This wasn’t an unusual request. Each week, members of the audience came forward and allowed Perry to place his hands on them as he prayed. It was a moving and integral part of the broadcast.

“Be sure he’s in the front and out of the way of the cameras and cables,” Perry said, winking at the attendant as he admired himself in the mirror. “The last thing we need is some war hero toppling over in his wheelchair in front of the cameras. Okay?”

Shapiro nodded and hurried off. Perry again went over his script, mouthing the words and practicing the gestures he would use at the appropriate times during his monologue—eyes rolling upward, head tilting toward Heaven, arms raised. It was pure theater, and Perry was among its finest practitioners.

Today’s show focused on the miracles Christ performed along the road to Jerusalem on what would become known as Palm Sunday. Perry wanted to illustrate how Jesus, aware he was heading to his own death, unselfishly stopped to heal the sick and maimed lining the road into the Holy City.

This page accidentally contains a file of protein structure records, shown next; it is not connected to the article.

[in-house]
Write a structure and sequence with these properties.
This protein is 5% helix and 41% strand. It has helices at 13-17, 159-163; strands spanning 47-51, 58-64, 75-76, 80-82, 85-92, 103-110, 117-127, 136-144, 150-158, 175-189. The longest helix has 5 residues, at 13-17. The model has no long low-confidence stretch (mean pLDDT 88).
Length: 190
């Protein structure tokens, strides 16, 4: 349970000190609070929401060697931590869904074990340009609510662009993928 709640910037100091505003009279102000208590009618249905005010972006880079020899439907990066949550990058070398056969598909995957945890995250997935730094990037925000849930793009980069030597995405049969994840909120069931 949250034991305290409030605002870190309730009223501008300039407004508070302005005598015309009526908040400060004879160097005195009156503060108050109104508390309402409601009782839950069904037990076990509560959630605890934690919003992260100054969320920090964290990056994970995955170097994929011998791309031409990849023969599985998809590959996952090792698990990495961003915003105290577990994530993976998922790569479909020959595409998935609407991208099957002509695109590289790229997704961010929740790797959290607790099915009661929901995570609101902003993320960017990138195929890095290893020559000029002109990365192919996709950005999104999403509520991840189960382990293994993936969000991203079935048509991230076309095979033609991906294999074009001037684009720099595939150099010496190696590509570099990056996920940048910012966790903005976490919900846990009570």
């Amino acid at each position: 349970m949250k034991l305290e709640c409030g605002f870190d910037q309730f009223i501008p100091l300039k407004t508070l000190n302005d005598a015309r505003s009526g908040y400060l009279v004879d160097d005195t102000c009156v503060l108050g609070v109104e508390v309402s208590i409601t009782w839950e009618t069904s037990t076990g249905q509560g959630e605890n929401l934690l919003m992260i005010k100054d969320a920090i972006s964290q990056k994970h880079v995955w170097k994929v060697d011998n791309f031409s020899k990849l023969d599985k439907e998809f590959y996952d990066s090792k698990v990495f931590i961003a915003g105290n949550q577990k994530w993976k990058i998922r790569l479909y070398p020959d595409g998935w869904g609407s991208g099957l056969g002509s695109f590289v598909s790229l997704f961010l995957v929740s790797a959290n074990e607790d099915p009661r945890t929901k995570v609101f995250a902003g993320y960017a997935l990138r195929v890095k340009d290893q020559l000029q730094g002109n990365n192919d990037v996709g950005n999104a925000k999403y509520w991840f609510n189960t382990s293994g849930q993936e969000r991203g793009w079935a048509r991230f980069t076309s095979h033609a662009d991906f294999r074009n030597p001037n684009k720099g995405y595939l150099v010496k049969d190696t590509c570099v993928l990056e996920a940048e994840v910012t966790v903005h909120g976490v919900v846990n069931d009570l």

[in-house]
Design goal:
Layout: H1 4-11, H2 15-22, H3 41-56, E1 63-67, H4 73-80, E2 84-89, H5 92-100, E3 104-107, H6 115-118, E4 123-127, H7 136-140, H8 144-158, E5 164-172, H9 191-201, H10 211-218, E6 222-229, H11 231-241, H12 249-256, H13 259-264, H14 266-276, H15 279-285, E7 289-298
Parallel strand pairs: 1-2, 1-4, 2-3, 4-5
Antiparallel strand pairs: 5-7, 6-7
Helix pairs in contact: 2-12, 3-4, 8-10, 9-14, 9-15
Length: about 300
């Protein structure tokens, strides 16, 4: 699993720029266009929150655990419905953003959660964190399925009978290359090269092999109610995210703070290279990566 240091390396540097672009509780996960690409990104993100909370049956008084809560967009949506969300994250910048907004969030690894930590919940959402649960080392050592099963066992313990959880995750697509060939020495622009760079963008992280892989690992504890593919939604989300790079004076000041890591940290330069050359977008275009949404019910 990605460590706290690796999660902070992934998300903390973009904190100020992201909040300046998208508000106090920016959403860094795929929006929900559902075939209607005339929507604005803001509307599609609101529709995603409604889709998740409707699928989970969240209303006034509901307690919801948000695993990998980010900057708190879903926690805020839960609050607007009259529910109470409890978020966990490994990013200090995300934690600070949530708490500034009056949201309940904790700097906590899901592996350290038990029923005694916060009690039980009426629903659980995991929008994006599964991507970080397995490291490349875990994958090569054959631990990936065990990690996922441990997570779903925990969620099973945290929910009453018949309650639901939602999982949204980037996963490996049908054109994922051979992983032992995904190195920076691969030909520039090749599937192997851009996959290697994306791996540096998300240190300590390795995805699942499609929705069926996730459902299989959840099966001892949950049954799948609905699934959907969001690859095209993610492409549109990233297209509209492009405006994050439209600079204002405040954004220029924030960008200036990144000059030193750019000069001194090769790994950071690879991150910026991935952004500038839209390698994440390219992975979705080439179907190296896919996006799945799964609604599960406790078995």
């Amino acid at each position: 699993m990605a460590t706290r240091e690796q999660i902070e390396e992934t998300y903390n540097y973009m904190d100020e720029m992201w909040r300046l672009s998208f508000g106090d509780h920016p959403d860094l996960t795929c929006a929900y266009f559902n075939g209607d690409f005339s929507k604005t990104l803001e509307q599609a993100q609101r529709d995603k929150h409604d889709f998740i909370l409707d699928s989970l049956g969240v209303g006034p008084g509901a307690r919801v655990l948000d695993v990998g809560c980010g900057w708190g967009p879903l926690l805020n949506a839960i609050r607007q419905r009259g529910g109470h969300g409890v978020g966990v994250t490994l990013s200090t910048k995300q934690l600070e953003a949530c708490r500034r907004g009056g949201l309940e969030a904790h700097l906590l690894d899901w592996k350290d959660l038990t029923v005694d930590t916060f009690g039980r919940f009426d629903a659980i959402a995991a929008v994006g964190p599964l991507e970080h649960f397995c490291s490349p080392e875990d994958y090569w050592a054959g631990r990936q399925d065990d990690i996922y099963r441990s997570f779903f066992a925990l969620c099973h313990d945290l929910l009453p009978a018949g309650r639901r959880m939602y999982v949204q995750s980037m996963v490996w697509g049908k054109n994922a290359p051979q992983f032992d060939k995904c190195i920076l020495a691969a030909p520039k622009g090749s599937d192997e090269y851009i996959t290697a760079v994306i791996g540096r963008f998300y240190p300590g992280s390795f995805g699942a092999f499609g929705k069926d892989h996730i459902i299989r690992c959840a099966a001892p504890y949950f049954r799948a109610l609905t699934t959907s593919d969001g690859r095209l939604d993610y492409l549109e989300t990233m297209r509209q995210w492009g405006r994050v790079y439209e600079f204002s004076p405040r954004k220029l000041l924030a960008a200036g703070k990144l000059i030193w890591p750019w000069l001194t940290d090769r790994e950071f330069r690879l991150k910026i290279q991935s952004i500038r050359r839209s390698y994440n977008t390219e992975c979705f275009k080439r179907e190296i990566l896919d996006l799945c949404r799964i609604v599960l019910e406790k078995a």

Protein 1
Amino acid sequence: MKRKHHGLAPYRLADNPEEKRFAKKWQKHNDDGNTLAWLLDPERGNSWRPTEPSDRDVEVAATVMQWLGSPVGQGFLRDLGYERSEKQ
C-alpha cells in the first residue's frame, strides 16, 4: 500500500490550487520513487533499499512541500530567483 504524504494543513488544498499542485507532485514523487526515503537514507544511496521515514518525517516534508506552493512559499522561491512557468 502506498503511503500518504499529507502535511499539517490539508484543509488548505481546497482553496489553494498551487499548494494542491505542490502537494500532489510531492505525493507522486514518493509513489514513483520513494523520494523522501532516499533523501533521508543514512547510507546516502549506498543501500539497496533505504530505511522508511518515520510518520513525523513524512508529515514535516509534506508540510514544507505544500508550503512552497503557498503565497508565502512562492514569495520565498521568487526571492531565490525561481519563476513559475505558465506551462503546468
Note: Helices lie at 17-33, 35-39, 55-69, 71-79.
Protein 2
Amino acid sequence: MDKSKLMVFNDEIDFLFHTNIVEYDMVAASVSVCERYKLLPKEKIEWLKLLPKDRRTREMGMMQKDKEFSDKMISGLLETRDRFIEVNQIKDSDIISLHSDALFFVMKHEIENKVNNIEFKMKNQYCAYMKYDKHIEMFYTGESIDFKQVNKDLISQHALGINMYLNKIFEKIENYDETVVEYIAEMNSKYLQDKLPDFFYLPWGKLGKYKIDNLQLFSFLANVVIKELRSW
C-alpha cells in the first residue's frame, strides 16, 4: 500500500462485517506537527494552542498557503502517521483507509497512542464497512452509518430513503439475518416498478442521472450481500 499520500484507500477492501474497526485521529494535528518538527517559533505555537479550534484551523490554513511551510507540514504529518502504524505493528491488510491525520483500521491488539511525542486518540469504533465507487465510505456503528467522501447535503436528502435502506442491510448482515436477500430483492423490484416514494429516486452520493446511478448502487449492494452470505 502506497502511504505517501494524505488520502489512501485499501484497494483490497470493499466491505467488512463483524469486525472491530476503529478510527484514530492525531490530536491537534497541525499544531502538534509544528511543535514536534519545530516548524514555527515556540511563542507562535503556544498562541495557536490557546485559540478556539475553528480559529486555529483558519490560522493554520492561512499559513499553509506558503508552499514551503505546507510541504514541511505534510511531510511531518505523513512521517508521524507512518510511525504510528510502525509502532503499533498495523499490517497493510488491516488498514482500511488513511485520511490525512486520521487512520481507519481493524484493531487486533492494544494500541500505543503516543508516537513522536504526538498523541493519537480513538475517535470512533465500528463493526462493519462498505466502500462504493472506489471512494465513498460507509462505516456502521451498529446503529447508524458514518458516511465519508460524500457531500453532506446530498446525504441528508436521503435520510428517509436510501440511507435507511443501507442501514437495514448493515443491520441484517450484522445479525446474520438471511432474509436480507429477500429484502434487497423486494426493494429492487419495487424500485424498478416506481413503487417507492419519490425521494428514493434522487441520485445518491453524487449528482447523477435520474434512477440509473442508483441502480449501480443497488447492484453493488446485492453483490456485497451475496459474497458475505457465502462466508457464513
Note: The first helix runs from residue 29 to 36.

The show went as scripted. As it wound down, Perry found himself standing at the lip of the stage, exultant in prayer as organ music swelled in the background. A dozen or so people rose from the audience and came forward, some limping or handicapped in one way or another. Among them was a very young man in uniform, being pushed in a wheelchair by his parents.

Perry had done this every Friday for years and while he always felt a degree of sympathy for those who sought his blessings during prayer time, he never looked them in the eye. Human hearts can only hold so much sorrow, he reasoned. Therefore, he thought it best to just do his job and avoid eye contact.